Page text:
A New Dawn for Hemp?

“I want people to get over the stigma about hemp. These seeds can’t make you high, but they will make you feel good.”

Those words were uttered by Ziggy Marley, Jamaican musician and son of reggae icon Bob Marley. An increasing number of lawmakers in Washington concur with Ziggy.

Bipartisan congressional lawmakers this week filed new legislation to substantially ease regulations on farmers that grow industrial hemp for non-extraction purposes.

The Industrial Hemp Act is a House companion to a Senate version that was introduced in March. The two bills are yet more evidence that the hemp industry in the U.S. is burgeoning. As I explain below, hemp also represents an underappreciated investment opportunity.

Hemp that contains by dry weight no more than 0.3% tetrahydrocannabinol (THC), the psychoactive ingredient in marijuana, was legalized under the landmark 2018 Farm Bill. Regulatory authority for hemp resides with the U.S. Department of Agriculture (USDA).

The House and Senate bills are closely similar. They would create a distinction between “industrial” hemp and “hemp for any purpose” which would cover crops cultivated to extract cannabinoids such as cannabidiol (CBD).

Farmers who cultivate industrial hemp would no longer be subject to law enforcement background checks to participate in the market; neither would they be compelled to meet currently strict sampling and testing standards.

Instead, hemp farmers would simply have to go through an annual visual inspection by USDA agents, where they would need to demonstrate that they’re growing the crop for a purpose covered under the new “industrial hemp” definition.

If the farmers failed the initial visual review, they would be required to produce documentation demonstrating “a clear intent and in-field practices consistent with the designation” of industrial hemp. Only if they refused to do so would USDA officials be required to physically test harvested plant material.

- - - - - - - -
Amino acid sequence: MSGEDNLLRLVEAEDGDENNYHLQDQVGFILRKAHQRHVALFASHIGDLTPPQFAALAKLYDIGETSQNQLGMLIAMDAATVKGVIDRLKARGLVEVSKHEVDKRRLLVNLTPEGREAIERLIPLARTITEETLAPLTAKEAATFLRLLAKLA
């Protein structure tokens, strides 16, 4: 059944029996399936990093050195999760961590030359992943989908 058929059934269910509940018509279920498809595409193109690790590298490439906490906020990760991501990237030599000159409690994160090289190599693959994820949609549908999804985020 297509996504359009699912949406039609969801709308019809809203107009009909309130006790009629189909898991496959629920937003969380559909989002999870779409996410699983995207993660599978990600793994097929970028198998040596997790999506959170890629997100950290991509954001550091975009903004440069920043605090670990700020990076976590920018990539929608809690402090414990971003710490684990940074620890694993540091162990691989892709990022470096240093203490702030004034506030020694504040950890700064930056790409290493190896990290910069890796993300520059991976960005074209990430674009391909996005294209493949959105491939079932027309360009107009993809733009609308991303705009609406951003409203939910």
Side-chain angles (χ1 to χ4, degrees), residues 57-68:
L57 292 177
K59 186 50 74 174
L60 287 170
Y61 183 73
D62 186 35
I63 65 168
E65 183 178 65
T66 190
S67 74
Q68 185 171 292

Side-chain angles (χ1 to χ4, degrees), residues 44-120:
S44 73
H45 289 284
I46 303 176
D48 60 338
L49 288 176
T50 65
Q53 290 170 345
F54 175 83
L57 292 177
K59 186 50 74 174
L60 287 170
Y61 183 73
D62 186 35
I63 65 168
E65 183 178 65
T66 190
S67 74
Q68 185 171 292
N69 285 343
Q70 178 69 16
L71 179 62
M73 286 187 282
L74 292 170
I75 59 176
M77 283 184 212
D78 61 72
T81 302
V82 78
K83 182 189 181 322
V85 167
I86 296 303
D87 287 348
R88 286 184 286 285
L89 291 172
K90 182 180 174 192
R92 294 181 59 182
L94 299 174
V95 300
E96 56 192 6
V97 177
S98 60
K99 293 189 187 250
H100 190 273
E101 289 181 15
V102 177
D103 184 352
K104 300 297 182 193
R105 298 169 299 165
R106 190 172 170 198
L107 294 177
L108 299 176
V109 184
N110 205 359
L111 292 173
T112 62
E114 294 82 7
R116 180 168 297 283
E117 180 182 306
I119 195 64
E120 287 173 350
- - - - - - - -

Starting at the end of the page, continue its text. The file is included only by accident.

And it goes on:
Both the House and Senate versions of the bill are expected to pass, with a reconciled version making it to President Biden’s desk. The White House has indicated that Biden would sign it.

Hemp farmers seek redress…

The move in the House this week came amid widespread complaints from hemp farmers that federal regulations regarding the crop are too onerous. Hemp lobbyists on Capitol Hill have persuaded lawmakers that the industry deserves help from Uncle Sam.

Hemp is a botanical class of cannabis sativa, making it a cousin to marijuana. Hemp is naturally high in CBD and low in THC; the reverse is true of cannabis. People have been using hemp for centuries. Several of the country’s Founding Fathers were hemp growers and enthusiasts.

However, growing industrial hemp became illegal in the 1970s when the federal government toughened the criminal code on marijuana and related products. Hemp got swept up in the Nixon administration’s “War on Drugs,” but it contains only scant amounts of the THC that’s abundantly found in marijuana. For decades, hemp has gotten an undeserved bad reputation.

But these days, hemp is legal, thanks to the 2018 Farm Bill, and corporate America is incorporating the plant within a multitude of everyday consumer products.

Hemp is the strongest natural fiber in the world and boasts up to 50,000 uses, many of them in the industrial sector. Hemp also conveys several food, beverage, health, and personal care applications.

The following infographic depicts the myriad applications of industrial hemp:

Source: Crop Science Society of America

The global industrial hemp market was estimated to be worth $6.8 billion in 2022 and it’s poised to reach $18.1 billion by 2027, for a compound annual growth rate of 21.6% during the forecast period, according to a new report from the research firm Markets and Markets.

Read This Story: Hemp Joins The Consumer “Big Boys”

Cannabis companies are eyeing hemp-related firms for acquisition, as the cannabis industry continues to consolidate. The economic and political trends are clearly in favor of hemp and marijuana, especially the latter.

Marijuana equities have been under pressure lately due to the broader bear market, but first-quarter 2023 operating results for pot-related companies have been generally positive and cash flow has improved throughout the industry. Cannabis investments are poised for a “breakout.”

You can still reap exponential profits by investing in marijuana and its ancillary sectors. That’s why I’ve launched an investment service, Marijuana Profit Alert, to help subscribers find profitable opportunities in the trends I’ve just discussed. To learn more, click here.

John Persinos is the chief investment strategist of Marijuana Profit Alert.

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